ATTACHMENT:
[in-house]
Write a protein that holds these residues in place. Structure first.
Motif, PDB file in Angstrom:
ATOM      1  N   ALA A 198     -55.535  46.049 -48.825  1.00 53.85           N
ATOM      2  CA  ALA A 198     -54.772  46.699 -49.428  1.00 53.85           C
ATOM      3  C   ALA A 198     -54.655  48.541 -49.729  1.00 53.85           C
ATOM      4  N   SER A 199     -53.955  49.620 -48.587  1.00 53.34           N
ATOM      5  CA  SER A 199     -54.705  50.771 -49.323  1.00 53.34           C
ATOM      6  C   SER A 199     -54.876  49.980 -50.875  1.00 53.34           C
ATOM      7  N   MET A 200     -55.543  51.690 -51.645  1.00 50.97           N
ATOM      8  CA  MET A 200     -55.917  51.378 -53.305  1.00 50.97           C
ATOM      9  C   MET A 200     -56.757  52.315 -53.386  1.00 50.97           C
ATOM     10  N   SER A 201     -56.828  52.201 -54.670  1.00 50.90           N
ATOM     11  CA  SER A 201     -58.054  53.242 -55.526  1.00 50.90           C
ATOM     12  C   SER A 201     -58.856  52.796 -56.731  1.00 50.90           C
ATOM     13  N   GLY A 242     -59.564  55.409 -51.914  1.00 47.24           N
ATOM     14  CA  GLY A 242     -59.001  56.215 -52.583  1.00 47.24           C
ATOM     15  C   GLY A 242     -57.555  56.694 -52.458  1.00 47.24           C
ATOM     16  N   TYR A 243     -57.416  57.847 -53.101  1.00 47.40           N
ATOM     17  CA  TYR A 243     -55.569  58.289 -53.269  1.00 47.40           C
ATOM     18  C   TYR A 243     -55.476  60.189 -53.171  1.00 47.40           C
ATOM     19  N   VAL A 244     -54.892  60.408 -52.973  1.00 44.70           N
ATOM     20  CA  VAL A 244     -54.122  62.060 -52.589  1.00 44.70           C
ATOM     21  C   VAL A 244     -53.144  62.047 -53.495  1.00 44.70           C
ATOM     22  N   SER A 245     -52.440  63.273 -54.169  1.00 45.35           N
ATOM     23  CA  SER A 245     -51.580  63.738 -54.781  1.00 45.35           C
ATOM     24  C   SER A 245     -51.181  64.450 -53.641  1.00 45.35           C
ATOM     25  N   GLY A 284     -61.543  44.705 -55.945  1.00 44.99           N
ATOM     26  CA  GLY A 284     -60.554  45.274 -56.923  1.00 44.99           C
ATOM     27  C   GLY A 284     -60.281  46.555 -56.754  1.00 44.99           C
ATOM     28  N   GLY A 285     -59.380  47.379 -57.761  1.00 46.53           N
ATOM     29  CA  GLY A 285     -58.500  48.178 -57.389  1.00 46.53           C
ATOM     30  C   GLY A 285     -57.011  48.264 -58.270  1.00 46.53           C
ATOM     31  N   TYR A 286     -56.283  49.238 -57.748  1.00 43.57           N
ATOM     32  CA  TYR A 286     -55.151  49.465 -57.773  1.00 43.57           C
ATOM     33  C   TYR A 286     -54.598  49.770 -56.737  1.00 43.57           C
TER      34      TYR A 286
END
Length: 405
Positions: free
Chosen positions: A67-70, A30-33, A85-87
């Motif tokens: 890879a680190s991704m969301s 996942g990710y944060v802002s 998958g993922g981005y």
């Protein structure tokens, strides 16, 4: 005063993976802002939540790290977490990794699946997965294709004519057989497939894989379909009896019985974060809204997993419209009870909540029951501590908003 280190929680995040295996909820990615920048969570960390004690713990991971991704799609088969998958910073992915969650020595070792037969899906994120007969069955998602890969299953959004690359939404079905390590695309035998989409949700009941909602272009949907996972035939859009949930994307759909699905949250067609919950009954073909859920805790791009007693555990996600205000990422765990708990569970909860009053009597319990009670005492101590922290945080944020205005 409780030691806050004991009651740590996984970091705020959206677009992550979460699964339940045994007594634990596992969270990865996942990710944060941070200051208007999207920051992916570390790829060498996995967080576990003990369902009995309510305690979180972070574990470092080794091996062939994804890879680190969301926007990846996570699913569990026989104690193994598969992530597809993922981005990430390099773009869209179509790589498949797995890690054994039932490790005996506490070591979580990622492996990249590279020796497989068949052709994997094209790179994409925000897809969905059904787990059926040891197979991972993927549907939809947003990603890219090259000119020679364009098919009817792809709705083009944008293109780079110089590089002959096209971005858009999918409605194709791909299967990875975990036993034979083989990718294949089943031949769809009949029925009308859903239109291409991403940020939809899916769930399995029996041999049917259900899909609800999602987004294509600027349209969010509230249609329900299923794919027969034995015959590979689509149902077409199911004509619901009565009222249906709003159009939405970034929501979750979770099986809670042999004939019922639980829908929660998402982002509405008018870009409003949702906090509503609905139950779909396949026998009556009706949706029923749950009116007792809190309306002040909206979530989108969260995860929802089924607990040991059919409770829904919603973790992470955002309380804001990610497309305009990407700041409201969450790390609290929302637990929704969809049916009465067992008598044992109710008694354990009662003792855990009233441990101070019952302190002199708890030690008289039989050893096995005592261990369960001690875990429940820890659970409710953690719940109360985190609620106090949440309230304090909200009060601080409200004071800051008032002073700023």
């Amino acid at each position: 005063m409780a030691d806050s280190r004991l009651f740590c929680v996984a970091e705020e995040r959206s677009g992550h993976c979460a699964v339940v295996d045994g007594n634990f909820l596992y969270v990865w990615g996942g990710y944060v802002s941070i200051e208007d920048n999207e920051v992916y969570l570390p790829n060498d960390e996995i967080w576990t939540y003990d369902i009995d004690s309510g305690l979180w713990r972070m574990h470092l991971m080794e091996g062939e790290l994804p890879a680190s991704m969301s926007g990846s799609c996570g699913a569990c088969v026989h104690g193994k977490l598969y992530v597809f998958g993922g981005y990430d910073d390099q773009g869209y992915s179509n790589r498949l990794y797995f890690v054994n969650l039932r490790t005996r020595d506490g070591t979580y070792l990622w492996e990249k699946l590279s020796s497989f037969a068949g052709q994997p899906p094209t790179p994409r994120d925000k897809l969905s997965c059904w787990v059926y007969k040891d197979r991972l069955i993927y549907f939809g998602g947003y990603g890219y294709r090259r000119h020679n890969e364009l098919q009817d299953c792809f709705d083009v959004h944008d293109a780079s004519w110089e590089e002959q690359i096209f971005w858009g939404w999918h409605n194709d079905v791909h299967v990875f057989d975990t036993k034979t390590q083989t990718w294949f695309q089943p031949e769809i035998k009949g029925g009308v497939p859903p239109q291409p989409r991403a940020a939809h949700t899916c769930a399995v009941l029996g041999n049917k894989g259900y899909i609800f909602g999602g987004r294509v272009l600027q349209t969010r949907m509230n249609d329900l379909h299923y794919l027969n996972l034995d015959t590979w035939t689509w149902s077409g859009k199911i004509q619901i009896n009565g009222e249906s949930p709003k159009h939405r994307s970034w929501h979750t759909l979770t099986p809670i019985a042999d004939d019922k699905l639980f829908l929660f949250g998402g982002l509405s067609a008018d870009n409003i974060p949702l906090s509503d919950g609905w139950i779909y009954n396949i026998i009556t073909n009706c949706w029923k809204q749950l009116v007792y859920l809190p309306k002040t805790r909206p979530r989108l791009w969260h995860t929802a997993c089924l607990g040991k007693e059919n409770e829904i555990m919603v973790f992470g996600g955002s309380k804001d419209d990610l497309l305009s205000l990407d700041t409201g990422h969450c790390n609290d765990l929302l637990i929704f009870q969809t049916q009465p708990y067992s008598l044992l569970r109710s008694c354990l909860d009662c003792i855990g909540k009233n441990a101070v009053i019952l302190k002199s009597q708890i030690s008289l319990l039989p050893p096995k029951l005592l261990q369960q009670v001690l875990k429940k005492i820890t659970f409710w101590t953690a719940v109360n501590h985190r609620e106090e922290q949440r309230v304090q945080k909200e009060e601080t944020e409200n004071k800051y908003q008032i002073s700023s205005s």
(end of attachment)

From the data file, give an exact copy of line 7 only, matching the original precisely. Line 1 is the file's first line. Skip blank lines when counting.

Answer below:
ATOM      4  N   SER A 199     -53.955  49.620 -48.587  1.00 53.34           N